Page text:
The President???s cynical budget proposal
|Click to listen to commentary on the budget
Well, we must hand it to them: The folks behind Ed in ’08 were successful after all. It just appears that they are achieving their goal—making education a central plank in the presidential election—four years behind schedule. As reported by Politico this week, the President used “the issue of education to help frame the budget debate.” Expect to hear a lot about his support for America’s public schools (versus Republican indifference) between now and November 2012.
But his rhetoric—that education is a critical investment that deserves protecting—isn’t backed up by his own policy. Sure, Mr. Obama called for a few small-scale programs that Republicans will oppose, like extending Race to the Top (for districts this time, not states) and recruiting 100,000 new math and science teachers. But this is “school uniforms” sort of stuff. Regardless of what happens to the federal education budget (which will sway a few billion in this direction or a few billion in that—on an Education Department budget nearing $80 billion), even under the “draconian” Republican plan for 2011), education spending in the real world is going to take a huge hit. That’s because of the “New Normal”—as Arne Duncan described it—that is playing out in states and local districts, with enormous budget cuts pending.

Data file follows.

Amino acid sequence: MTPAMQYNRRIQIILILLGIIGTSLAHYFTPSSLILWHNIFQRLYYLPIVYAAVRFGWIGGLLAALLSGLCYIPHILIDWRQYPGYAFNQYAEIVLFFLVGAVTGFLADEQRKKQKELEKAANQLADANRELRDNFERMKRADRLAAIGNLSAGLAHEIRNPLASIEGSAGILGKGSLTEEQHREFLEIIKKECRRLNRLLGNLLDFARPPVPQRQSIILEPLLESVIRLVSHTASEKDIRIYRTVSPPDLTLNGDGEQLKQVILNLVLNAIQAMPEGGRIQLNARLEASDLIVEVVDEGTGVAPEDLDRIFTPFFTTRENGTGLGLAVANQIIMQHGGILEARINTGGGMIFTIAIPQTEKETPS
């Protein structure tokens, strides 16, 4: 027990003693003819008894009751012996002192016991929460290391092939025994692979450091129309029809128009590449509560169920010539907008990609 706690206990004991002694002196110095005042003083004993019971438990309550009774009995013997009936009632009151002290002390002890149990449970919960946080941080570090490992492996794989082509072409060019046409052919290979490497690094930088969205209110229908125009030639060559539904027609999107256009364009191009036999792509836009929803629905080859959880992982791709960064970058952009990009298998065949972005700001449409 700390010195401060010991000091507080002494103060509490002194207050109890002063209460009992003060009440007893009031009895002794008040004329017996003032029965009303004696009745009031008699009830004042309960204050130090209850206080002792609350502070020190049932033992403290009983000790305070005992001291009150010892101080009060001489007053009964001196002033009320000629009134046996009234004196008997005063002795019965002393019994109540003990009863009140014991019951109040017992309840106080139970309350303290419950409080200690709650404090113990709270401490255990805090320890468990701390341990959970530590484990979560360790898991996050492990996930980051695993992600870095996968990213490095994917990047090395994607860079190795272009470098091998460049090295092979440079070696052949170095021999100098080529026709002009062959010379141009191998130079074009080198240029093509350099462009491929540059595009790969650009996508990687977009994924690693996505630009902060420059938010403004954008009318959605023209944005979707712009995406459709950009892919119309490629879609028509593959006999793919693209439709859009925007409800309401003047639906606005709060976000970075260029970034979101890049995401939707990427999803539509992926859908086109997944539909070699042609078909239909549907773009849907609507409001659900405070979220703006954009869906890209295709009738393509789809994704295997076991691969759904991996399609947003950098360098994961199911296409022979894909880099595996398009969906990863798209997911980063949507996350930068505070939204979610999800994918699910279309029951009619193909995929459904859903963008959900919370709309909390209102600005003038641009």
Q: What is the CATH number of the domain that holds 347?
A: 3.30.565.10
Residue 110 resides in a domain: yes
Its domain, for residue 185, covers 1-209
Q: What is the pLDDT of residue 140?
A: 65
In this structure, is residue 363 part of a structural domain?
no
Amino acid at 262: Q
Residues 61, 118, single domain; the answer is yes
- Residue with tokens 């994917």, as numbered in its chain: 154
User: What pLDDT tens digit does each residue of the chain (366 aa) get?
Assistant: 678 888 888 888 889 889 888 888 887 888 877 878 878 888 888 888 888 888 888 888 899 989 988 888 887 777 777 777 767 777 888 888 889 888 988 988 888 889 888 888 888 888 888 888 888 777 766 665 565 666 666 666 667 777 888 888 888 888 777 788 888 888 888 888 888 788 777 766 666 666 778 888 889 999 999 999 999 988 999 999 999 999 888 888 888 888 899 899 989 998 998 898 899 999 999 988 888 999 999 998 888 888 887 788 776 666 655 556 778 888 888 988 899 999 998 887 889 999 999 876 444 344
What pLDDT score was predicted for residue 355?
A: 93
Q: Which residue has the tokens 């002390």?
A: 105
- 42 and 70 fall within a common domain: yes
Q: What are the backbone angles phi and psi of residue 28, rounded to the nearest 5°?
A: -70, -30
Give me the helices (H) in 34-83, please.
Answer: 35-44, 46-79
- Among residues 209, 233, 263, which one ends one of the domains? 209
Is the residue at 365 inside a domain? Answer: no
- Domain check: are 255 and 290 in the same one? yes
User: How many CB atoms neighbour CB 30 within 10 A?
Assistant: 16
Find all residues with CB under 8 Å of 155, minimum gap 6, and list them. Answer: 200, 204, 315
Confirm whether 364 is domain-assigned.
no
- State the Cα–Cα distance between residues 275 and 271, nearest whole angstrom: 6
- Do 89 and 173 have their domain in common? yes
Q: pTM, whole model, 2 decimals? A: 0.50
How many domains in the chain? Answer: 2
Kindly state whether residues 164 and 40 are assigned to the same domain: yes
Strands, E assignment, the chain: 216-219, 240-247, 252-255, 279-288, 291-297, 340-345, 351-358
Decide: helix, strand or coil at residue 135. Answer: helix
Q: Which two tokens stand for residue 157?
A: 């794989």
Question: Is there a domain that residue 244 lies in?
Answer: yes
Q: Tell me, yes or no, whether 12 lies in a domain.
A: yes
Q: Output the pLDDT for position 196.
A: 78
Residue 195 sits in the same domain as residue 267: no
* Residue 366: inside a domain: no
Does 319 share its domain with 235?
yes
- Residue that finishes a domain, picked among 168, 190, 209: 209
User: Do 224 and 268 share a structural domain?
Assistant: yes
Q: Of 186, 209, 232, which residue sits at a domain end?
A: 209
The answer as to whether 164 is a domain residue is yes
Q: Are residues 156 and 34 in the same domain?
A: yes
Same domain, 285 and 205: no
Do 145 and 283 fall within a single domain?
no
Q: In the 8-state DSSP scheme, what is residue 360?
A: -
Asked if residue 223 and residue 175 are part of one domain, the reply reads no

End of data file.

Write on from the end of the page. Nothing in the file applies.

If Obama is sincere about “protecting education,” he would call for another massive bailout, on the order of $100 billion or so, to hold the nation’s schools harmless from the steep drop in state and local revenue. (To be clear, I’m not advocating for that, for a variety of reasons.) That’s what it would take to keep schools level-funded. But he doesn’t have the political capital to suggest such a thing, so he’s chosen to play presidential politics instead. (“Democrats in Washington are “for” education. Republicans are “against.”)
To his credit, Obama’s budget proposal would provide incentives (via the new Race to the Top program mostly) for districts to find ways to do more with less. So he’s not tone-deaf to the funding cliff over which localities are currently tumbling. But by pretending that his policies would address the problem, he’s participating in the worst kind of cynical politics. It’s a long way from “the change we can believe in.”
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